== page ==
Maine is hardly the only place where Project Puffin has had an impact. The lessons learned in Muscungus Bay have been used to help restore Caspian Terns, Galápagos Petrels, Bermuda Petrels, and other birds to their historical nesting grounds in places as far-flung as Oregon, Japan, New Zealand, and the Galápagos Islands. “One of the exciting things about this is that 42 species of seabirds have benefited using these methods,” notes Kress, who thinks the most exciting prospects for future restorations would be birds that nest in single locations, such as the Townsend’s Shearwater, which nests only on Isla Socorro, several hundred miles off the west coast of Mexico. With Project Puffin’s successes encouraging similar restoration projects for the Bermuda Petrel in the North Atlantic and the Short-tailed Albatross in the Pacific, he feels confident about the future. “Now I have the feeling it could be done with any of them. There’s nothing one or some combination of these methods couldn’t help.”
But that confidence is tempered with a recognition that human beings don’t always have the same kind of commitment and persistence that he and his colleagues have brought to restoring seabirds. “The reality of humans’ place on earth these days is to be kind of like a steward with a sense of purpose. And if our purpose is to maintain biodiversity, we can do that, but you have to set that up as its goal, or you’ll end up with a less diverse planet.”
Recently Kress has even stepped in to help preserve a different kind of nesting ground—the Audubon Society’s Hog Island Camp, where he was working when the idea of restoring puffins first occurred to him. Opened in 1936, the camp thrived for most of its long life, but due to what Kress calls “a variety of business decisions,” it fell on hard times and was closed in 2009. “It would probably still be closed if I hadn’t rescued it,” he admits.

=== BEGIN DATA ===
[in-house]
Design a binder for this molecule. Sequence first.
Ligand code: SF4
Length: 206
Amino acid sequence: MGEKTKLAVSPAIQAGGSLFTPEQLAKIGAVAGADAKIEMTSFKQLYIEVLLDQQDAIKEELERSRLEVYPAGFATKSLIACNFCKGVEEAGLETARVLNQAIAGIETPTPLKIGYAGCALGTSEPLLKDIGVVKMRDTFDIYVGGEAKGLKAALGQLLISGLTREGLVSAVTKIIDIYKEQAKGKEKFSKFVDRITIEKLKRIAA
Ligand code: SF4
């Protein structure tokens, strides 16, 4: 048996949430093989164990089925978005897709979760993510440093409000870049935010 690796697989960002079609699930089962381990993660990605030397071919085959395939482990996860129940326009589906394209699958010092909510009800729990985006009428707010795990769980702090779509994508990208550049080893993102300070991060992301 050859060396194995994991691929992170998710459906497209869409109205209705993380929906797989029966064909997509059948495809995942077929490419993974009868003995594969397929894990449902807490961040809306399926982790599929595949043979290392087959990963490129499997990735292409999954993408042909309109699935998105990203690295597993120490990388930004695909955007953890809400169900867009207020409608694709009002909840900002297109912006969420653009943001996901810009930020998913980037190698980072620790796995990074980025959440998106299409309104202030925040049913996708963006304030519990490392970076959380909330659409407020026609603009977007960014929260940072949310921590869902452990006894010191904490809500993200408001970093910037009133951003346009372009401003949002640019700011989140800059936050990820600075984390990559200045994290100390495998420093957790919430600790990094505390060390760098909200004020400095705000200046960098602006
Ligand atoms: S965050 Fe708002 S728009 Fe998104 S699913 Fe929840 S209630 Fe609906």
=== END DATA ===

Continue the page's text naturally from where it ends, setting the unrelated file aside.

Now, in a somewhat ironic reversal of the original arrangement, Hog Island is back open for business, with several new partners, all under the wing of Project Puffin. Kress sees this as a good chance to help sustain the seabird program for the long haul, especially by taking the Hog Island participants out to Eastern Egg Rock to cut the weeds down and smash lobster traps. “The fancy name for that is now ‘service learning,’” he says, smiling, and perhaps thinking of summers long ago. “Lots of hands-on conservation.”
This year, then, as Hog Island celebrates its 75th anniversary, its campers will do essentially the same thing Steve Kress once did, and the same thing his efforts have helped people all over the world do: see birds where once they would have seen nothing.
And here in the lobby of the Cornell Lab, on a cloudy Tuesday evening in early April, some of those people, all members of his Spring Field Ornithology class, are gathering for a field trip.
But Steve Kress isn’t here. The group leaders for the night’s owling session are experienced and perfectly capable of operating without him, but as they assemble, they can’t help wondering where the course’s instructor is.
“He’s not coming,” a newcomer reports at last. “His voice is shot, and he’s saving it for the lecture tomorrow night.”
The leaders nod, cluster together, and start organizing their student groups and itineraries for the night. Steve Kress remains elsewhere, saving something that isn’t there, and hoping it will be in the future.